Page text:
Sunday, October 12, 2008
Washington DC is a beautiful city and in some way reminded me of Paris with it’s extensive views of the major buildings, the White House, the Capitol, the memorials to Washington, Lincoln and Jefferson all being visible from considerable distances. One thing has puzzled me though, the Washington Monument, which is a tall obelisk is not directly in front of the White House which is to the north of the City but directly in line with the Capitol which is to the east. This is so unlike Paris where L’Arc de Triomphe, Concorde and Republique are all in one straight line, still it all adds to the difference. I would have expected it to be in line with the White House thus making a perfect right angled triangle.
Anyway, back to the main plot! Our first visit was to the Smithsonian Aerospace museum; They have a magnificent collection from the Wright Brothers up to the International Space Station including WWII V1 and V2’s which I spent avoiding during a large part of my formative years!
Following the museum, we were taken to Washington Union Railway Station in order to have a meal. The station is a magnificent building with an high vaulted ceiling and the food court is on the lower floor which I think was the original train boarding area. Anyway, as you may recollect, I bemoan the absence of Indian Restaurants over hear. Well, much to my delight on the food list we were given was such an establishment. Naturally I was in there like a shot!! All they had that I recognized was chicken tikka marsala which, quite honestly, looked absolutely disgusting but I decided to give it a try together with boiled rice and naan bread. Sadly I was right, it was disgusting!
After the station we were put on one of the city tour buses for an evening it to various war memorials and other attractions. The war memorials were those for WWII, Korea and Vietnam and the memorials were to Jefferson. Lincoln and Rooseveldt. It was a long evening, but the weather was so unlike October that it made being outdoors at 10 pm very pleasant.
I have to say that the Korean memorial was the most moving and inspiring thing which I have ever seen. It comprises a group of nineteen soldiers in the battledress of 1950 as if out on patrol; to one side is a polished granite wall with the images of some 24,000 veterans sand blasted onto the shiny service, the thing about is that it is only at night can you see these images, during the day only the reflections of the nineteen soldiers are visible. Another wall bears the inscription “FREEDOM IS NOT FREE”.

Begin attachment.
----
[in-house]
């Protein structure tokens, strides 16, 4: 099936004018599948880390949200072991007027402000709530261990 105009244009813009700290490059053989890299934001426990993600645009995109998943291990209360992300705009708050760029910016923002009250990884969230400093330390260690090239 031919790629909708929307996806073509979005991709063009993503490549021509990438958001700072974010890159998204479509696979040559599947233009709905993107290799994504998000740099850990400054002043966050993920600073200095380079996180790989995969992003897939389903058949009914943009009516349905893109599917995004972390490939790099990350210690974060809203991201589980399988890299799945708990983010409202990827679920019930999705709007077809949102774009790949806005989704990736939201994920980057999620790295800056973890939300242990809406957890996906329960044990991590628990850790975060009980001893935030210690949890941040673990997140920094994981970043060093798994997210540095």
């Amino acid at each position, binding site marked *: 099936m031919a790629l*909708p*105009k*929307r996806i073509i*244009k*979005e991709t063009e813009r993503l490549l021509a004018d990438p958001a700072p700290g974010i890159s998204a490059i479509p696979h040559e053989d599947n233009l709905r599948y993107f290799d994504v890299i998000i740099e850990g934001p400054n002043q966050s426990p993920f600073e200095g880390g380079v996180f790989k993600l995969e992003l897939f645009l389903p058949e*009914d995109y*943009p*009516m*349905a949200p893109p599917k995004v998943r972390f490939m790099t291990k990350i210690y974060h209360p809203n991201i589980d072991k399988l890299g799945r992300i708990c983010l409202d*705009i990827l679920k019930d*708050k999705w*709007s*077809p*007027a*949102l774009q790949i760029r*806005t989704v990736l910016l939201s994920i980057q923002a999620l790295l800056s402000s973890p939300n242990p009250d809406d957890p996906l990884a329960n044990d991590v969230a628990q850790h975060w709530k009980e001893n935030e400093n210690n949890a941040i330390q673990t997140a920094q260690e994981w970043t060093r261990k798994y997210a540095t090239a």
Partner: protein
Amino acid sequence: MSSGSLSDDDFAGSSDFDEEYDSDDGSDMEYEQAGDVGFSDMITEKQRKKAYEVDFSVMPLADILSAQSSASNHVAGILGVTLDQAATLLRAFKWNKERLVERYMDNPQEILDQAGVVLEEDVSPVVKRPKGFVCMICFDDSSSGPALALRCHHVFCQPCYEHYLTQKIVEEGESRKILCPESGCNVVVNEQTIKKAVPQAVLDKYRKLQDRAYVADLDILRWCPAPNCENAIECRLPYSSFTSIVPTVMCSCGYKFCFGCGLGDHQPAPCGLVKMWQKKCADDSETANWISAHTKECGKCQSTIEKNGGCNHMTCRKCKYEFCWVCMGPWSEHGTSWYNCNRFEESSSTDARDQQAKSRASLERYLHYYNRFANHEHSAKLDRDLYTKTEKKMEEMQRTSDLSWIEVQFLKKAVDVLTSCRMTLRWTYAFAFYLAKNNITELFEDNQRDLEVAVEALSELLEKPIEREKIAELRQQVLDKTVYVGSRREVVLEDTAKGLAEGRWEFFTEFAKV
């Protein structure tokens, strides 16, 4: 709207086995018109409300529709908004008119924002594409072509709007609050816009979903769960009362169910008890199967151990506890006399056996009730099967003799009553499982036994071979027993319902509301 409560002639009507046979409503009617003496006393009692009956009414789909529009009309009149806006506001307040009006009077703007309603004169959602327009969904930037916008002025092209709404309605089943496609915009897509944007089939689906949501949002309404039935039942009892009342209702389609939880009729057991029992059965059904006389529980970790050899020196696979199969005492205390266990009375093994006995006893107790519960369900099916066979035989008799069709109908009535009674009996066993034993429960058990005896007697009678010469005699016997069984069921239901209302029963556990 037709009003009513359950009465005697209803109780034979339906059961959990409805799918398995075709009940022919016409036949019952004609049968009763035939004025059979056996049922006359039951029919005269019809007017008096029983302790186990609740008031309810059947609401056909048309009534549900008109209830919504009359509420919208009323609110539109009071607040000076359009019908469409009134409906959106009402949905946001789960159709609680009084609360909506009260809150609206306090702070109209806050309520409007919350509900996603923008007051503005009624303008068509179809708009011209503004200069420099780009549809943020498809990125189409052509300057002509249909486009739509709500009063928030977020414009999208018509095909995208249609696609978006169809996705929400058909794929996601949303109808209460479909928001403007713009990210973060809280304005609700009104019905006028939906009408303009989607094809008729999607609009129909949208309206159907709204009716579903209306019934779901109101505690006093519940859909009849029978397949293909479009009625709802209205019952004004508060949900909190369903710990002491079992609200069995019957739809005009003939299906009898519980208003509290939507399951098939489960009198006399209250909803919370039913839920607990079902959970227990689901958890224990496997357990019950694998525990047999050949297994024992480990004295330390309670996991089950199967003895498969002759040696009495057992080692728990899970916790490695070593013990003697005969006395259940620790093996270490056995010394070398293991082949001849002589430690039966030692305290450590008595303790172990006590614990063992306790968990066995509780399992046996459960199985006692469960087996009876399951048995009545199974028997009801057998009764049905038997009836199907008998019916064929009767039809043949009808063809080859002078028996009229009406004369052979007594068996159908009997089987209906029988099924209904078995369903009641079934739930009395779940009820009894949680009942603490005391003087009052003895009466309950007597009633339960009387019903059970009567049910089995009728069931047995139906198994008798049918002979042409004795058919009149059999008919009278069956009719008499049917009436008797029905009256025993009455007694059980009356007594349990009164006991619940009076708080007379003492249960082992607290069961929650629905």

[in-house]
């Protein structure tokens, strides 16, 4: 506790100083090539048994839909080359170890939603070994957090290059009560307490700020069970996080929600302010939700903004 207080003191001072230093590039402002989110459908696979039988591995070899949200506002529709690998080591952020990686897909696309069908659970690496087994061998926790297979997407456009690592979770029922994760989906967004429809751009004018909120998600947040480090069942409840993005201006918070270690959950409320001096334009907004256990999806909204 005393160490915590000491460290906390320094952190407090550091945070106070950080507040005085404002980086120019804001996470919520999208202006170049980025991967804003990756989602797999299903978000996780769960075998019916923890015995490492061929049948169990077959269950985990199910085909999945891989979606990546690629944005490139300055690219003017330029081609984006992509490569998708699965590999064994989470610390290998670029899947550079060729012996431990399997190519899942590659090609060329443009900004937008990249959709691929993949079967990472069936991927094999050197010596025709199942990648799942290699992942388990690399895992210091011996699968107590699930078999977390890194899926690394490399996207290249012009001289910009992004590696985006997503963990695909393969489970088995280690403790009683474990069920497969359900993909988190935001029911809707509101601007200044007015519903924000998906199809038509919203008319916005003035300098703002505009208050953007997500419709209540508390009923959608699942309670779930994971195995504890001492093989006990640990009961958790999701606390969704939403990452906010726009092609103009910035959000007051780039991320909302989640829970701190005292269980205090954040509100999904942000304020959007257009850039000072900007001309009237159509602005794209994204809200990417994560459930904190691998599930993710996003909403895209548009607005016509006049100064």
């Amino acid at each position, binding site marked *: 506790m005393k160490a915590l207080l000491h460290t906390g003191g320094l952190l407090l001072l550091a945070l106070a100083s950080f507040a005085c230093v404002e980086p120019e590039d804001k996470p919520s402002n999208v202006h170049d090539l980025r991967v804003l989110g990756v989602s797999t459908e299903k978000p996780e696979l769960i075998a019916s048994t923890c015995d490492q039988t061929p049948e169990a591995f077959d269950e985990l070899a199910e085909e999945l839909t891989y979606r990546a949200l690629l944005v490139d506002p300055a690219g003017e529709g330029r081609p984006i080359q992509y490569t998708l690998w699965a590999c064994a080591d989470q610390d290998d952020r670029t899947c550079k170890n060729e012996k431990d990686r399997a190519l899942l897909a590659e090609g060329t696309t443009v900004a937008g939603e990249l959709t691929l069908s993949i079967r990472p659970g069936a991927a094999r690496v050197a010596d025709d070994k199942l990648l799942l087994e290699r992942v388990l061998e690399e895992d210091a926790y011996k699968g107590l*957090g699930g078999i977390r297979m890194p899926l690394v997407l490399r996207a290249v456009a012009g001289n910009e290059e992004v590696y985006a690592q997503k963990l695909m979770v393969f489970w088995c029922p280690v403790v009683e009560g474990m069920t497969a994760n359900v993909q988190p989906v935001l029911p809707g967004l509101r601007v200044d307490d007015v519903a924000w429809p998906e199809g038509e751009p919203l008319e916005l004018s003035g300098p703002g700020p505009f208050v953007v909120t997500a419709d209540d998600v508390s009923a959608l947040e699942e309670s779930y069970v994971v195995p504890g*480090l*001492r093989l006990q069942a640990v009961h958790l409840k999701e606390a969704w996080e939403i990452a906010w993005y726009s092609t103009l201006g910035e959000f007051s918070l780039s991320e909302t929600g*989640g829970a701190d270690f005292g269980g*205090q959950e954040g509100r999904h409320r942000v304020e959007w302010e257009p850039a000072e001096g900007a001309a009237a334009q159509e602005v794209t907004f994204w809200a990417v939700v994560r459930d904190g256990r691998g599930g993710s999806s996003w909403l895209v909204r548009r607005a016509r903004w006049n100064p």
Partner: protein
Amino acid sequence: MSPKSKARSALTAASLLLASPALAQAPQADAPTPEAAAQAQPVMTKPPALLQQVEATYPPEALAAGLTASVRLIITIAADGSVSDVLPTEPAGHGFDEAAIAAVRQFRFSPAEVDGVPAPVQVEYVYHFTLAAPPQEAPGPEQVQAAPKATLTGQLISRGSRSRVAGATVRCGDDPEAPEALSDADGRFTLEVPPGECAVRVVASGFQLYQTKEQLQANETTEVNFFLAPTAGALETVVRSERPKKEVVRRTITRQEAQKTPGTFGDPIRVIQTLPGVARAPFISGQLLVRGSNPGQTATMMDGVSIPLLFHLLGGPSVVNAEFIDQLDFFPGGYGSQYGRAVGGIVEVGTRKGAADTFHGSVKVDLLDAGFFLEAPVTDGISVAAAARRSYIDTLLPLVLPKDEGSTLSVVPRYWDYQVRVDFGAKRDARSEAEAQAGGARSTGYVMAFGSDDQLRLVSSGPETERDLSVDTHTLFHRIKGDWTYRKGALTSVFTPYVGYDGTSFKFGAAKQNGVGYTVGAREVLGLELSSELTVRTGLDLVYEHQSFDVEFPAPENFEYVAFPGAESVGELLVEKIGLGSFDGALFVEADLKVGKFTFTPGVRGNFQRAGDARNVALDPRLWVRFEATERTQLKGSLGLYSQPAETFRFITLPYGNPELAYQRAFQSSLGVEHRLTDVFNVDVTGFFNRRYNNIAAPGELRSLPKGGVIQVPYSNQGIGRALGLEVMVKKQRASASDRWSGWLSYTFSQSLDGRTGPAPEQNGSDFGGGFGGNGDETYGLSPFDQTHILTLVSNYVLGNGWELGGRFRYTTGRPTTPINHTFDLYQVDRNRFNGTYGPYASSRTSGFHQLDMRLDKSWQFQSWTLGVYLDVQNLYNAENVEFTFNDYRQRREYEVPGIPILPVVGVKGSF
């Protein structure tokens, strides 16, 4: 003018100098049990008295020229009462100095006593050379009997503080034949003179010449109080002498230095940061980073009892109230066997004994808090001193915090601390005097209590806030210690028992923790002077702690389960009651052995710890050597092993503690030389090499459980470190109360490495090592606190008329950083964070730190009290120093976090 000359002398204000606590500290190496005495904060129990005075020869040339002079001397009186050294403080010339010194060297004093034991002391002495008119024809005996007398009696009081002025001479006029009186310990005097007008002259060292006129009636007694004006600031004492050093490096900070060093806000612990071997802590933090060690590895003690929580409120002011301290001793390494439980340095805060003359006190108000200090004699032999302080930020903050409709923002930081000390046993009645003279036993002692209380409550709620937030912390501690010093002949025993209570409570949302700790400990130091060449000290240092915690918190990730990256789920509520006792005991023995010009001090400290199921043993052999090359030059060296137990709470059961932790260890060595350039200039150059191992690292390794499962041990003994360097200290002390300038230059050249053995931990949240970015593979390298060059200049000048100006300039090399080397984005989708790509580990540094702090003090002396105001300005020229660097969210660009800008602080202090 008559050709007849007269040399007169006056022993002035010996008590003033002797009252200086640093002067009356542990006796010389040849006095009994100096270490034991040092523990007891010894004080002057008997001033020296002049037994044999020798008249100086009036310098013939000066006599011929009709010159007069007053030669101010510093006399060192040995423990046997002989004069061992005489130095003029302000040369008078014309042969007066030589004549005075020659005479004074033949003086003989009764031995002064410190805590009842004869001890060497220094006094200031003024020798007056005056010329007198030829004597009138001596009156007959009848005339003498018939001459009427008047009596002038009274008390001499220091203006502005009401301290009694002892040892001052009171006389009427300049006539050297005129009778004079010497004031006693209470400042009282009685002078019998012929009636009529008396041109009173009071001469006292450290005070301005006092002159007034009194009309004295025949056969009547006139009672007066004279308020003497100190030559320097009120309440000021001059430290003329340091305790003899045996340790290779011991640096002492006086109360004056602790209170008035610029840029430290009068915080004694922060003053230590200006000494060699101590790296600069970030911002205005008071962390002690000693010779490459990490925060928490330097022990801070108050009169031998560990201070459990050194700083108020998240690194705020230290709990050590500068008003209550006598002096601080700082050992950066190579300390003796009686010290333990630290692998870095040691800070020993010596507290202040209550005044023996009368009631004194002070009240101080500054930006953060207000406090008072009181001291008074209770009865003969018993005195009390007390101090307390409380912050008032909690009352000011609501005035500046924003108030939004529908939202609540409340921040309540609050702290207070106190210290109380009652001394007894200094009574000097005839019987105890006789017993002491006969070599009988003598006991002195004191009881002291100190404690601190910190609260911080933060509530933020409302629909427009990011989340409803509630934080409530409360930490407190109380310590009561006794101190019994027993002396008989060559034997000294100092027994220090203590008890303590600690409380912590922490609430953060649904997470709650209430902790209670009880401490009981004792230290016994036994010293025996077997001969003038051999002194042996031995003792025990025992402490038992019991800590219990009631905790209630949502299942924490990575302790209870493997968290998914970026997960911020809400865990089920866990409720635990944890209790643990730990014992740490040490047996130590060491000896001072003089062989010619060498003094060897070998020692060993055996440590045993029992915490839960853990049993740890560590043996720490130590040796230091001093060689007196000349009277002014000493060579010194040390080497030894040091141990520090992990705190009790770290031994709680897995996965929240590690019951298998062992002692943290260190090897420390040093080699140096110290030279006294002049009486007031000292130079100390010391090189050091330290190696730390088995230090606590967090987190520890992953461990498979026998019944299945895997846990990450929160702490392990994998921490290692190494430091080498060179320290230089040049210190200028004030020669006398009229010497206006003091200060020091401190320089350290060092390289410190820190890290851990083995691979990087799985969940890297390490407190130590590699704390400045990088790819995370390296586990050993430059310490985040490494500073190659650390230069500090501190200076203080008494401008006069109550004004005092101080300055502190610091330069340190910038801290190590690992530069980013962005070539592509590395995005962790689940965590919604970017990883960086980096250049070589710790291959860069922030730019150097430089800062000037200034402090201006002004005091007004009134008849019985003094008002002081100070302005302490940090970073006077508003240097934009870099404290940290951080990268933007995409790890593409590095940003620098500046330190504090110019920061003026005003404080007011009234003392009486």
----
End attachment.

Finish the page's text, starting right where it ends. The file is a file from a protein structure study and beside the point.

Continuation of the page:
The tour finished back at Union Station around 10.50pm, we boarded our coach and arrived back just before 2am. A long day indeed, but very interesting. I want to go back, but under our own steam, maybe we shall do that soon.
Friday, October 3, 2008
This is the first of a series of essays on life in Pennsylvania which I hope you will find amusing and interesting. I live in a Class III City called Pottsville with my Wife, Joanie, who I married early last June. Class III is the smallest conurbation which may be called a city, I guess it is about the size of Battle; it has it’s own police force and is the administrative capital of Schuykill (pronounced skookle) County. Schuykill County also has it’s own police force and then there is the State Police making the whole system very like that which is found in Continental Europe. But surprisingly enough a highway patrol is seldom seen when out driving, not a bit like the old TV series. I think I have only seen about a dozen stops by the patrol over the past two years. In fact it is fair to say that everyone (especially truck drivers) seem to treat speed limits as a joke. I make a point of keeping within the limit, as an immigrant awaiting permanent residential status, I have no desire to fall foul of the law, nevertheless it is most disconcerting, after having set the cruise control to the limit, to be overtaken by an endless number of eighteen wheelers all of which are exceeding the limit by at least twenty miles per hour!
The main gripe at the moment is the price of gas (petrol). I just cannot get into this, the cost now is $3.56 a gallon, or in other words about two pounds! (I don’t have a pound sign on this keyboard by the way). They find it hard to believe when I say it is around $8 in Britain even if the US gallon is less than the Imperial (3.8 litres/4.4 litres) We have a 3.4 litre V6 Chevrolet Impala, automatic of course, not the best thing with high gas prices, but there is no point in part exchanging it for a smaller car as nobody wants these big engined things and any gas saving would take years to recover the sale losses. Anyway, it is a beautiful car to drive and we admit we would really miss it if we changed!
But enough about cars and gas prices. As you are probably well aware, this is election year, polling day is early November and I still find it difficult to differentiate between the two contenders policy wise. All they seem to be doing is slagging each other off, nobody has actually said what they propose to do if elected. It looks like the winner will be Obama (Democrat), Pennsylvania is one of the key states which the winner must win (don’t ask me why) and already Obama is seven points ahead of McCain. We were at a fair last week, Joanie picked up a McCain banner which I finished up carrying up for her. When people tried to start a discussion/debate with me (as Americans are prone to!) it gave me great pleasure to be able to reply that I was an immigrant who can’t vote and wasn’t bothered anyway!!
Well guess that’s enough for one session, I hope I haven’t been too boring and would welcome any feedback before I get round to writing Letter #2